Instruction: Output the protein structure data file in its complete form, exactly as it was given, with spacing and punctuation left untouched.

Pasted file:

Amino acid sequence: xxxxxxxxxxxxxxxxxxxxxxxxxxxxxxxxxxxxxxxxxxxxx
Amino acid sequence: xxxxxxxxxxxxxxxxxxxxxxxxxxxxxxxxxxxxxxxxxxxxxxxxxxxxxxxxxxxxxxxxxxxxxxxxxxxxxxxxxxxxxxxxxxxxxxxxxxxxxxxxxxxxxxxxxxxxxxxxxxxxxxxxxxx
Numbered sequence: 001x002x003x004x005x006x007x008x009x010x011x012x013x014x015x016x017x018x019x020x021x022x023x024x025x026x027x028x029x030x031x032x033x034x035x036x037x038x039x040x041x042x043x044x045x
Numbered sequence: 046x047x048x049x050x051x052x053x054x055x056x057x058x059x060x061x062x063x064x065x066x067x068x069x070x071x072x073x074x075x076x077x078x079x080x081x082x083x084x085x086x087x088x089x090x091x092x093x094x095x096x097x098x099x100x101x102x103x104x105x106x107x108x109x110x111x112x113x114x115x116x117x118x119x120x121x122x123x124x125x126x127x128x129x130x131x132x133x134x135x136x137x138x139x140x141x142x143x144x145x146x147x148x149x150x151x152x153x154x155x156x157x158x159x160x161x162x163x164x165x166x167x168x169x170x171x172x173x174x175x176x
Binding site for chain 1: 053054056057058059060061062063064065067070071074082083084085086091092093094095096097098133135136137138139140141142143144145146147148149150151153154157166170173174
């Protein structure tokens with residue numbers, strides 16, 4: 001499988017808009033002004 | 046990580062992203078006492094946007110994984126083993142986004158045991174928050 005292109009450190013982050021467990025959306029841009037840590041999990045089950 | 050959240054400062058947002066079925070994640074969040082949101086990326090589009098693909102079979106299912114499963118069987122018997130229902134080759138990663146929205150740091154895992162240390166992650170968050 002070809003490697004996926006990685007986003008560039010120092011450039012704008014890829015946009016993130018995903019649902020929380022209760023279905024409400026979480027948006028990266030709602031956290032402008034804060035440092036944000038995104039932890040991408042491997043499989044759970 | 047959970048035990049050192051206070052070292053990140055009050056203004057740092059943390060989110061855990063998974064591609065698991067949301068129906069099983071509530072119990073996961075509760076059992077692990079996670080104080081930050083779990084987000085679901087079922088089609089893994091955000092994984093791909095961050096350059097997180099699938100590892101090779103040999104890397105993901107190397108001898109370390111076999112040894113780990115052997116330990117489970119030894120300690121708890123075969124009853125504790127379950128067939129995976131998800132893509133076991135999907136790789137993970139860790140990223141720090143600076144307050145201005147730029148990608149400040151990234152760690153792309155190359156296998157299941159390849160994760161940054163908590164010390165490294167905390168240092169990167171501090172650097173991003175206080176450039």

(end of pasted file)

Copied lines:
Amino acid sequence: xxxxxxxxxxxxxxxxxxxxxxxxxxxxxxxxxxxxxxxxxxxxx
Amino acid sequence: xxxxxxxxxxxxxxxxxxxxxxxxxxxxxxxxxxxxxxxxxxxxxxxxxxxxxxxxxxxxxxxxxxxxxxxxxxxxxxxxxxxxxxxxxxxxxxxxxxxxxxxxxxxxxxxxxxxxxxxxxxxxxxxxxxx
Numbered sequence: 001x002x003x004x005x006x007x008x009x010x011x012x013x014x015x016x017x018x019x020x021x022x023x024x025x026x027x028x029x030x031x032x033x034x035x036x037x038x039x040x041x042x043x044x045x
Numbered sequence: 046x047x048x049x050x051x052x053x054x055x056x057x058x059x060x061x062x063x064x065x066x067x068x069x070x071x072x073x074x075x076x077x078x079x080x081x082x083x084x085x086x087x088x089x090x091x092x093x094x095x096x097x098x099x100x101x102x103x104x105x106x107x108x109x110x111x112x113x114x115x116x117x118x119x120x121x122x123x124x125x126x127x128x129x130x131x132x133x134x135x136x137x138x139x140x141x142x143x144x145x146x147x148x149x150x151x152x153x154x155x156x157x158x159x160x161x162x163x164x165x166x167x168x169x170x171x172x173x174x175x176x
Binding site for chain 1: 053054056057058059060061062063064065067070071074082083084085086091092093094095096097098133135136137138139140141142143144145146147148149150151153154157166170173174
């Protein structure tokens with residue numbers, strides 16, 4: 001499988017808009033002004 | 046990580062992203078006492094946007110994984126083993142986004158045991174928050 005292109009450190013982050021467990025959306029841009037840590041999990045089950 | 050959240054400062058947002066079925070994640074969040082949101086990326090589009098693909102079979106299912114499963118069987122018997130229902134080759138990663146929205150740091154895992162240390166992650170968050 002070809003490697004996926006990685007986003008560039010120092011450039012704008014890829015946009016993130018995903019649902020929380022209760023279905024409400026979480027948006028990266030709602031956290032402008034804060035440092036944000038995104039932890040991408042491997043499989044759970 | 047959970048035990049050192051206070052070292053990140055009050056203004057740092059943390060989110061855990063998974064591609065698991067949301068129906069099983071509530072119990073996961075509760076059992077692990079996670080104080081930050083779990084987000085679901087079922088089609089893994091955000092994984093791909095961050096350059097997180099699938100590892101090779103040999104890397105993901107190397108001898109370390111076999112040894113780990115052997116330990117489970119030894120300690121708890123075969124009853125504790127379950128067939129995976131998800132893509133076991135999907136790789137993970139860790140990223141720090143600076144307050145201005147730029148990608149400040151990234152760690153792309155190359156296998157299941159390849160994760161940054163908590164010390165490294167905390168240092169990167171501090172650097173991003175206080176450039």